Two of the best indicators of superior stocks are high insider ownership and long executive tenure. Phil Knight, for instance, founded Nike in the 1960s. He was CEO until 2004, has been a director since 1968, and continues to hold a substantial chunk of stock. Nike returned more than 19% annually from 1989 to early 2009.

Jeff Bezos founded in 1994 and has served as chairman ever since. He's also been the CEO since 1996 and has often paid himself a relative pittance compared with the millions that many executives pull down in salary. Why? Because all of his worth is tied up in the empire he's building. He owns a big fraction of the company -- shares that have appreciated to the tune of 25% annually since 1998.

Drew Industries CEO Leigh Abrams has been at the company for more than 30 years. He and the chairman continue to own millions of dollars in stock. It's not a coincidence that the company has increased 200 times in value over the same time frame.

Nike, Amazon, and Drew aren't alone. Microsoft, Oracle, Best Buy, Apple, and many more of the stock market's biggest winners share the same pattern of success.

Insider ownership and management tenure are strong indicators of success. But they apply only to equities, right? Wrong.

Financial all-stars
We have three rules of thumb for good managers:

  • Tenure. Invest with managers who have been investing for years, if not decades, instead of with managers who are still learning on the job. Make sure they've been on the job in both bull markets and bear markets.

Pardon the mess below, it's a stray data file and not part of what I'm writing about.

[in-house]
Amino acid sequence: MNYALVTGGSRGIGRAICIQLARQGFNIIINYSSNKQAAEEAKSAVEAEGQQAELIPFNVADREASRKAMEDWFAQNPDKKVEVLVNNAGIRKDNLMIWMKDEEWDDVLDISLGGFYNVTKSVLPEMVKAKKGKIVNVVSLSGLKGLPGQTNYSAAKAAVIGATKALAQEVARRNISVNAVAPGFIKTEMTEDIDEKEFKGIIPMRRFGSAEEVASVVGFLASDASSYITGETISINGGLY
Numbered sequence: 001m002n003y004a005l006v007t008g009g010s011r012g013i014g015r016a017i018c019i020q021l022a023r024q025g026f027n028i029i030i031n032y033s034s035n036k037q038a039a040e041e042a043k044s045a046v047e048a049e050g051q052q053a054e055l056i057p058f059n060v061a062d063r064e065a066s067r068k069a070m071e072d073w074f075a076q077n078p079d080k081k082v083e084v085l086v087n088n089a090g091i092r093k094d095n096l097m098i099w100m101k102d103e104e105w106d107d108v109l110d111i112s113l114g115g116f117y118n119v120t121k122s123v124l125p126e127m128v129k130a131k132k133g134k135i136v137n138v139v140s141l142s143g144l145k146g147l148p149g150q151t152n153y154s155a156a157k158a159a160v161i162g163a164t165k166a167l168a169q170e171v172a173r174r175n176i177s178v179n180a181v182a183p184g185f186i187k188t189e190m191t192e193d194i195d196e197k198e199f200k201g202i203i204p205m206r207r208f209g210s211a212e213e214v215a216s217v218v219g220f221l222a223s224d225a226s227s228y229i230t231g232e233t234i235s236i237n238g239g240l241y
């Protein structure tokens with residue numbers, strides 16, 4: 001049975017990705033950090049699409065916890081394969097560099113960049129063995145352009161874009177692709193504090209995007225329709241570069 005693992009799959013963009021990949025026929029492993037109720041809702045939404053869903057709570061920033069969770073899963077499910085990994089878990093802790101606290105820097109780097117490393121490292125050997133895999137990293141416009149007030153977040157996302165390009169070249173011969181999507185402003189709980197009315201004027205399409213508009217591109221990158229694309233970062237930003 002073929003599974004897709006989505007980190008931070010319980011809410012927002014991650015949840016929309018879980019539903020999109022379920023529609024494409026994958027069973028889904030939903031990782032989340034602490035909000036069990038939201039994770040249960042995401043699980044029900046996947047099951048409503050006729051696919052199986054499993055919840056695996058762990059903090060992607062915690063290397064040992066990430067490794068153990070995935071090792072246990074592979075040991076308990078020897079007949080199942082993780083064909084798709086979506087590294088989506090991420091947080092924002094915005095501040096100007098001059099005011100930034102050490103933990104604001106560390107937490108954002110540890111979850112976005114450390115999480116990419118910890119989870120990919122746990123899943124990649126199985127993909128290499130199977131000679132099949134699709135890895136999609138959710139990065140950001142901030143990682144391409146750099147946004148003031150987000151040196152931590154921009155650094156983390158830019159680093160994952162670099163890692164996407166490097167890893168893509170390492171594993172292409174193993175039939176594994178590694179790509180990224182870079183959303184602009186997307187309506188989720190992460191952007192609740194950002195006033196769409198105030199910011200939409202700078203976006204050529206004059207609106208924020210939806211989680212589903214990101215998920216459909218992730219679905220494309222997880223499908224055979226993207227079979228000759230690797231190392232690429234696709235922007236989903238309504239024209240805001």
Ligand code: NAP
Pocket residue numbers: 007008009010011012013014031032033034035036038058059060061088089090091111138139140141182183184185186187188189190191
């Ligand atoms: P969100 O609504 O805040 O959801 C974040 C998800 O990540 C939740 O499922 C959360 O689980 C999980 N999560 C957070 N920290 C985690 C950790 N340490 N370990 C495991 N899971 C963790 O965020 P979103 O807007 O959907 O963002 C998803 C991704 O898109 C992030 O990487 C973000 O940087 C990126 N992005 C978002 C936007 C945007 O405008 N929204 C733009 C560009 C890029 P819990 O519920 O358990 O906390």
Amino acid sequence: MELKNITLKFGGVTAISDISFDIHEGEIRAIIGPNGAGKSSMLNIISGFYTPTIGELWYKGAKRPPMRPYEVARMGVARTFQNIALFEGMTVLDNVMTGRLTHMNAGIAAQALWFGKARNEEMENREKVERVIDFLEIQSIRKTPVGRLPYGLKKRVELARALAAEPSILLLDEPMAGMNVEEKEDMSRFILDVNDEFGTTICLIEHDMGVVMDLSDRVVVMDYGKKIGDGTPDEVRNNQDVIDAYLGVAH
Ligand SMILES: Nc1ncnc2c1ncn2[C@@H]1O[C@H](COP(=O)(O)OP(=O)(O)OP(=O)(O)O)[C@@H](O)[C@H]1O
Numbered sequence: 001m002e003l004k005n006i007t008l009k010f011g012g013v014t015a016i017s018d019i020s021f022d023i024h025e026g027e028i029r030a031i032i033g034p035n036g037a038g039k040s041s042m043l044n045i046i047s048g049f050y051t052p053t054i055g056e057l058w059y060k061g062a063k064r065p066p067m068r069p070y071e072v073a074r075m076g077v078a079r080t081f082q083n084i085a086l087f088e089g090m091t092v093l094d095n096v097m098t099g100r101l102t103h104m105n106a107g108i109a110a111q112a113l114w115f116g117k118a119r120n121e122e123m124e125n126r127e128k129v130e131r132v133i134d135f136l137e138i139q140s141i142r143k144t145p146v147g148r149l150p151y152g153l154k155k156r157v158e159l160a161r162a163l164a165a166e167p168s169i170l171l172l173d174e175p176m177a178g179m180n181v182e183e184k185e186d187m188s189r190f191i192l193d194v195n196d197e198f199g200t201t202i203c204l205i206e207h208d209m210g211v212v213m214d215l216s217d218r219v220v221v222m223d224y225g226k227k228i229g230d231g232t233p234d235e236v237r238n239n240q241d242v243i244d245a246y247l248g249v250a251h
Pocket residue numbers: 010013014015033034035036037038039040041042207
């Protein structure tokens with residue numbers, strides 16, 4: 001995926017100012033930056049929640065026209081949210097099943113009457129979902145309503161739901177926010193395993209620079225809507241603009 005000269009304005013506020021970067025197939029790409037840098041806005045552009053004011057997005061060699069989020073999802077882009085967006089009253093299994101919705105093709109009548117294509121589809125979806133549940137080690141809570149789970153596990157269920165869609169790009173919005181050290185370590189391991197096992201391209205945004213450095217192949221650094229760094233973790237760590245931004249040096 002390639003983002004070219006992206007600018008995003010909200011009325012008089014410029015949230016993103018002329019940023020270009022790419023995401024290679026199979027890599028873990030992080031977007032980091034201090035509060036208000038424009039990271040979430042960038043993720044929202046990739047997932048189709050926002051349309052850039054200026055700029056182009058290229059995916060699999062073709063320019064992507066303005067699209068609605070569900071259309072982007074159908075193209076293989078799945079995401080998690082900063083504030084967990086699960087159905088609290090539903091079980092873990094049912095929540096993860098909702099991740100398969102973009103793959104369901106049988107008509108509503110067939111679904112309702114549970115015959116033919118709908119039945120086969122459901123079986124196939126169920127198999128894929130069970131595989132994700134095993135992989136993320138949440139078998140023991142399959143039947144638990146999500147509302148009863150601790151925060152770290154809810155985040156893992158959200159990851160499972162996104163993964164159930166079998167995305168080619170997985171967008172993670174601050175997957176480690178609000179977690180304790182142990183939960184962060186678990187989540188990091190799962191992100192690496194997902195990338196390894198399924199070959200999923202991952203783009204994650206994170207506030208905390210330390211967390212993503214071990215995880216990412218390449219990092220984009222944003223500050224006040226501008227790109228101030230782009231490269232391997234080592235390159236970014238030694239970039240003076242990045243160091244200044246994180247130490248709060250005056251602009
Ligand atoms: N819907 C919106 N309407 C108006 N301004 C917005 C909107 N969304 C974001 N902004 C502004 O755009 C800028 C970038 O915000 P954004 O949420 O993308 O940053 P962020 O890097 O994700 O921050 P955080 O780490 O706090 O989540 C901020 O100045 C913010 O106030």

• Performance. Has the manager outperformed the market over the long haul? Any manager can have a year or two of outperformance, but consistent outperformance is something worth noting.
  • Consistency. Has the fund been using the same investment philosophy throughout its history, in both good and bad environments, or does it change its stripes to fit the latest investing fad? You want a manager who sticks to his or her guns no matter what, not someone who tries to be all things to all investors.

If those criteria are met, then stay the course -- the fund will probably pay off in spades.

When things go wrong

Even the best long-term managers have periods of short-term underperformance. And even more importantly, short-term underperformance didn't prevent them from producing excellent long-term results.

The key is that if nothing fundamental has changed at a fund -- it still has the same experienced team at the helm, and it follows the same value-oriented investment approach that has produced a great long-term track record -- then it should recover when the market does. In fact, smart managers see down markets as a chance to snap up attractive stocks that have fallen on hard times -- thereby setting their funds up to return to outperformance when the market recovers.

Investors who abandon such funds during periods of short-term underperformance will probably kick themselves after a recovery.

The Foolish bottom line
Investing for the long term isn't easy, but it's the single best thing you can do for your portfolio's health -- and that means not getting rattled when your managers have short-term stretches of underperformance. Find the best money managers out there, and stay with them for the long haul.

Let's take a closer look at why experience counts so much for a fund manager.